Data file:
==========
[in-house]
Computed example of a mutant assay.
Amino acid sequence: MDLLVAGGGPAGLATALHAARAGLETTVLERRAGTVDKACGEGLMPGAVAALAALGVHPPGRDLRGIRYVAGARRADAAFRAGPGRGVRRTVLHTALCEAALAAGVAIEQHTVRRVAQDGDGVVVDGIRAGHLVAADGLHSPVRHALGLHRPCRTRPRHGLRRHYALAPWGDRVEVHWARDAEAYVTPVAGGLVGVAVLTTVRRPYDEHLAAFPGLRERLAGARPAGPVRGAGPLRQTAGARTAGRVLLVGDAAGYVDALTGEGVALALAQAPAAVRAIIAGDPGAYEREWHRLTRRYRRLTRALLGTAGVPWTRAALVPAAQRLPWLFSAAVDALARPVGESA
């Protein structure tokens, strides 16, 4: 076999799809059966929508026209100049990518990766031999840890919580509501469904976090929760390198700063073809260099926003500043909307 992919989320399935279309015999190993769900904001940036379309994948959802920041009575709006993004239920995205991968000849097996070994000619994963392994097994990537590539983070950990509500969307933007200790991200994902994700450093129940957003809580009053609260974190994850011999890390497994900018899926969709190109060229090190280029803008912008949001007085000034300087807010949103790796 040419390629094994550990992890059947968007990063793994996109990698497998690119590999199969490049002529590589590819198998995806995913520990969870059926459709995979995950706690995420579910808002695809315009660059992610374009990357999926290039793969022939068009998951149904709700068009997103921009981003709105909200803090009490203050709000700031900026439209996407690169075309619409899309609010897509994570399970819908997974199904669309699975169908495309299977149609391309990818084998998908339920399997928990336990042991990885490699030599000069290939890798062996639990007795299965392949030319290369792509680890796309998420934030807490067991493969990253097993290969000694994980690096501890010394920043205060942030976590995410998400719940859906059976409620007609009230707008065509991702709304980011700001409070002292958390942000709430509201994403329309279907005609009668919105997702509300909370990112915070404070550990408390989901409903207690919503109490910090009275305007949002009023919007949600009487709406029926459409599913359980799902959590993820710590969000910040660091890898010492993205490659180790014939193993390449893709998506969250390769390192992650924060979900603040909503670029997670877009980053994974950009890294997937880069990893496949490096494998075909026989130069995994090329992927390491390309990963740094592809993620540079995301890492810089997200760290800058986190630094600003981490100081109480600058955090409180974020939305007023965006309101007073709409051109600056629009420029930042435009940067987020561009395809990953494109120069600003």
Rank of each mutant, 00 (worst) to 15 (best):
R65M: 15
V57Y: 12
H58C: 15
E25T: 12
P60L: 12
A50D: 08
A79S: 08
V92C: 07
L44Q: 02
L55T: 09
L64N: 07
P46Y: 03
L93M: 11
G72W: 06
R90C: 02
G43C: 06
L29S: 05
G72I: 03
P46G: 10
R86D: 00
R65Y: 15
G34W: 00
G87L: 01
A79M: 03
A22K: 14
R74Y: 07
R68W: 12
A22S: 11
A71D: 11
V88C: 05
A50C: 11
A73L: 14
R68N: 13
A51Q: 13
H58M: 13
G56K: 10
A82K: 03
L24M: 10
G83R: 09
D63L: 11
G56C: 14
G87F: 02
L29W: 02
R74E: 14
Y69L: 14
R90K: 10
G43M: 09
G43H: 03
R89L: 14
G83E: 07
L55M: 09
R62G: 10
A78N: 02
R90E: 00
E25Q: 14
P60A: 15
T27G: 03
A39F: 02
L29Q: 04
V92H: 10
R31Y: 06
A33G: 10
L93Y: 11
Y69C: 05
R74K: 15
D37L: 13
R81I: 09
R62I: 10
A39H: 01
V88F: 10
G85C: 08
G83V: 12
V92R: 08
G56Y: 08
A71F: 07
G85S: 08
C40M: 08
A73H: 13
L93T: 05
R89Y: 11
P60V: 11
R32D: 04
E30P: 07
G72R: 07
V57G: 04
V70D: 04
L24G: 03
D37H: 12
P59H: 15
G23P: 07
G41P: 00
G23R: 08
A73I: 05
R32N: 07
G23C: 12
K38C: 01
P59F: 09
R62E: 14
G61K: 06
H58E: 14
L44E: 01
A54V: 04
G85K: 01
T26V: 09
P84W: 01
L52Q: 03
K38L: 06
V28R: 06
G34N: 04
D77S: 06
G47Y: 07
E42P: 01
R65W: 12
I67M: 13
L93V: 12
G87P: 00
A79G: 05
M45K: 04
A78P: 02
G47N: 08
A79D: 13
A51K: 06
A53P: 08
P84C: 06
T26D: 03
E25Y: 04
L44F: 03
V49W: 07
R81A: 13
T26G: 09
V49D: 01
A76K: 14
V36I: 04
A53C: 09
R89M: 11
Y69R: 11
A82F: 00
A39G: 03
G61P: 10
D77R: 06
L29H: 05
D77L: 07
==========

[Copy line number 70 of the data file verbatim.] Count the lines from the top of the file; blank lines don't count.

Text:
R74K: 15